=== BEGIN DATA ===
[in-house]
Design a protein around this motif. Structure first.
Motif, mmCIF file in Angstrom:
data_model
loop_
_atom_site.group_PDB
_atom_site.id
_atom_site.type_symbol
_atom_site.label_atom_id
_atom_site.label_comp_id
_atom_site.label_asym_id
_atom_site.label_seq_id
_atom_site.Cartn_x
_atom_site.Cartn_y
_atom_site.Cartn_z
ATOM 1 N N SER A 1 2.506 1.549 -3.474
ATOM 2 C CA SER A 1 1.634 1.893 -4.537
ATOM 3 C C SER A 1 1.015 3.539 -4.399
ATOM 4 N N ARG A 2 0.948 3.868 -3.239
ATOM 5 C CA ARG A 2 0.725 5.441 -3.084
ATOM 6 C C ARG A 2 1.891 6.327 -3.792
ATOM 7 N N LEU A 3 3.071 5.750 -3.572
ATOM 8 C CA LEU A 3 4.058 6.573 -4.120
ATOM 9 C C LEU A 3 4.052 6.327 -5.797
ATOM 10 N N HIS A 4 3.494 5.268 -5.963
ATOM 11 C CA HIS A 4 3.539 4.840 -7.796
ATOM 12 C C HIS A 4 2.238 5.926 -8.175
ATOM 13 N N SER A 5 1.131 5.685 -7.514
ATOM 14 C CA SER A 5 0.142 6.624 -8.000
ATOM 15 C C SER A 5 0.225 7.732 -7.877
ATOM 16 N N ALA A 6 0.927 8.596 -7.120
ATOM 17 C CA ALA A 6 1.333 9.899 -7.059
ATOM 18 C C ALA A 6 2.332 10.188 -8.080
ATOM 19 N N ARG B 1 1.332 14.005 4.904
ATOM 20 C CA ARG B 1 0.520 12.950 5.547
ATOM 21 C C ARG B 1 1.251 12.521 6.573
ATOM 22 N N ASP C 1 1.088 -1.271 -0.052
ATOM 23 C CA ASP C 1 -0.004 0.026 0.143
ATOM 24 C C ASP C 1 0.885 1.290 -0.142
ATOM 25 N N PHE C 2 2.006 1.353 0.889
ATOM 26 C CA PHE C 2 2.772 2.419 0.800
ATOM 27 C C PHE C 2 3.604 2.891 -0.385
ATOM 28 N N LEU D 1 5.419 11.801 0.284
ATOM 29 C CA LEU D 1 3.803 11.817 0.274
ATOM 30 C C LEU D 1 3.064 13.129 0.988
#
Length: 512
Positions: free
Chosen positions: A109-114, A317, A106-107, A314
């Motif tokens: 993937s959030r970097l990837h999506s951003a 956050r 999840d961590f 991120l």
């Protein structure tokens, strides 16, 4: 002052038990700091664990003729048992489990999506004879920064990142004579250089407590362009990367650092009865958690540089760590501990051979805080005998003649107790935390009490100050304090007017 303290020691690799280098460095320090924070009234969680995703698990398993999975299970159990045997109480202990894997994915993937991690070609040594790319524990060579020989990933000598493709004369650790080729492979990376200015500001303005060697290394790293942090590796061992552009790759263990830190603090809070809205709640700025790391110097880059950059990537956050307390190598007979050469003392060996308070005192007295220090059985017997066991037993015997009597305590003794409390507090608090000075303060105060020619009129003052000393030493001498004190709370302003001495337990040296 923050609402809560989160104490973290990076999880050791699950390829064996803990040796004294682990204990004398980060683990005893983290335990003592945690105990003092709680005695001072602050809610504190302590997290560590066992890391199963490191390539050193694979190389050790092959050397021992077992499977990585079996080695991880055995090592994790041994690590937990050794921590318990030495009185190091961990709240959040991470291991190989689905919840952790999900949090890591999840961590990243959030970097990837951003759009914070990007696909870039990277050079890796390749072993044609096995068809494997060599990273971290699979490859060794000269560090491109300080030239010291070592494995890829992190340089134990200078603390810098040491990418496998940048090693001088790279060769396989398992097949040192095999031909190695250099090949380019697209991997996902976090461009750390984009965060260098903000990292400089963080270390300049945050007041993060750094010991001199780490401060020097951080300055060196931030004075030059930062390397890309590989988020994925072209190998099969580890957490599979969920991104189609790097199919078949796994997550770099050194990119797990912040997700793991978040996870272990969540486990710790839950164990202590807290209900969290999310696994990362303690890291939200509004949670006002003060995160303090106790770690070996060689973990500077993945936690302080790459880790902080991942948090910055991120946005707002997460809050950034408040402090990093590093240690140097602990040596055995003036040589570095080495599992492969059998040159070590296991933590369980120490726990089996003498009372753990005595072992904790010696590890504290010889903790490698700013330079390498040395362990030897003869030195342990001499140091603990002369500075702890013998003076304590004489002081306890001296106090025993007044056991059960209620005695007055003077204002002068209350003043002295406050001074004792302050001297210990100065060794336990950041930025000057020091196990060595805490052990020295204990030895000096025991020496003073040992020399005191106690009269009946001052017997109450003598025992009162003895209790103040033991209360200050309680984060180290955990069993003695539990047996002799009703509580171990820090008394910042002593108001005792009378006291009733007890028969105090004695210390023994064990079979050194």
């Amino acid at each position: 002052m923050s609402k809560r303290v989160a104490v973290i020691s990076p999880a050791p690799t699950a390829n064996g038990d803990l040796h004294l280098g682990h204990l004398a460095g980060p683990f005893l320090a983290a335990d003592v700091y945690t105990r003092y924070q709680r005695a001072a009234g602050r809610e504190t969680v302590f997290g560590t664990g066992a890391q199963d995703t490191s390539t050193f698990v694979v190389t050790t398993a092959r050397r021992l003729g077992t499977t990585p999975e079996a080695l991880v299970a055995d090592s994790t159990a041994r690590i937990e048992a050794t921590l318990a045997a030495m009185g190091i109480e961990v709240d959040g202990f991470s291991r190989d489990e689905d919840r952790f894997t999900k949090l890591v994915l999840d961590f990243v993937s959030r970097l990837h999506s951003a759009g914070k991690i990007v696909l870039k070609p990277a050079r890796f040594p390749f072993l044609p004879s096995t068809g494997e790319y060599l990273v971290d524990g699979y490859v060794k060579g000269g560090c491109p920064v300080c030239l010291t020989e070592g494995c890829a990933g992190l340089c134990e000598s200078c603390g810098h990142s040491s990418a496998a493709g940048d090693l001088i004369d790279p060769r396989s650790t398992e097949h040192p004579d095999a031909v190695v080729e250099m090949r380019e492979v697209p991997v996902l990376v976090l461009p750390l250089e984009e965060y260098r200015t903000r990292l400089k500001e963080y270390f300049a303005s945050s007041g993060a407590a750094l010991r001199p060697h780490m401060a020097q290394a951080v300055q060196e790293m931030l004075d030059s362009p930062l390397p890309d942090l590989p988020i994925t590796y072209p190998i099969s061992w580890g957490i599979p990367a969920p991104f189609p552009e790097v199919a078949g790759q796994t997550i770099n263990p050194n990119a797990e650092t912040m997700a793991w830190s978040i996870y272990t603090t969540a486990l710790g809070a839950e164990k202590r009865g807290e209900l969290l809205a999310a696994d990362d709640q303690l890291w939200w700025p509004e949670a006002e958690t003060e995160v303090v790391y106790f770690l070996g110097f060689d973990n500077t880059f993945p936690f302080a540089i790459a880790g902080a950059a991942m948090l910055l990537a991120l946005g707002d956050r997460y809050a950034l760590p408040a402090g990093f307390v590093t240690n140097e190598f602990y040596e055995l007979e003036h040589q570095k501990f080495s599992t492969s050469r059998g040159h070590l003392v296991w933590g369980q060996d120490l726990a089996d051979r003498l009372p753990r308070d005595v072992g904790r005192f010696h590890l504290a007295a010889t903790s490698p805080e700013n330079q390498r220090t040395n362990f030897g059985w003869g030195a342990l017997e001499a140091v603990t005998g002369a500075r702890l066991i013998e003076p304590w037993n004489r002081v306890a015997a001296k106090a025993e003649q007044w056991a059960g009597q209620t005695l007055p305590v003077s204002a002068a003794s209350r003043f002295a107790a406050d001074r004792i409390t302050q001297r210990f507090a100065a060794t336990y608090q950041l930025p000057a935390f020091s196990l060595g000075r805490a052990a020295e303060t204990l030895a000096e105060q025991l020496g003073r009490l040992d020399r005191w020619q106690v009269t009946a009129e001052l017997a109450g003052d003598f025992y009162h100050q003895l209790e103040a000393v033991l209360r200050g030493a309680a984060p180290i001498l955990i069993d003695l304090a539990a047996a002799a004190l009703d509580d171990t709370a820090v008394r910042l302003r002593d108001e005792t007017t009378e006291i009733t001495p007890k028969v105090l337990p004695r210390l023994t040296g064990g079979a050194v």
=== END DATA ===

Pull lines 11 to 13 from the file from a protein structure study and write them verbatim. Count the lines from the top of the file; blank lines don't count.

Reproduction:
_atom_site.label_asym_id
_atom_site.label_seq_id
_atom_site.Cartn_x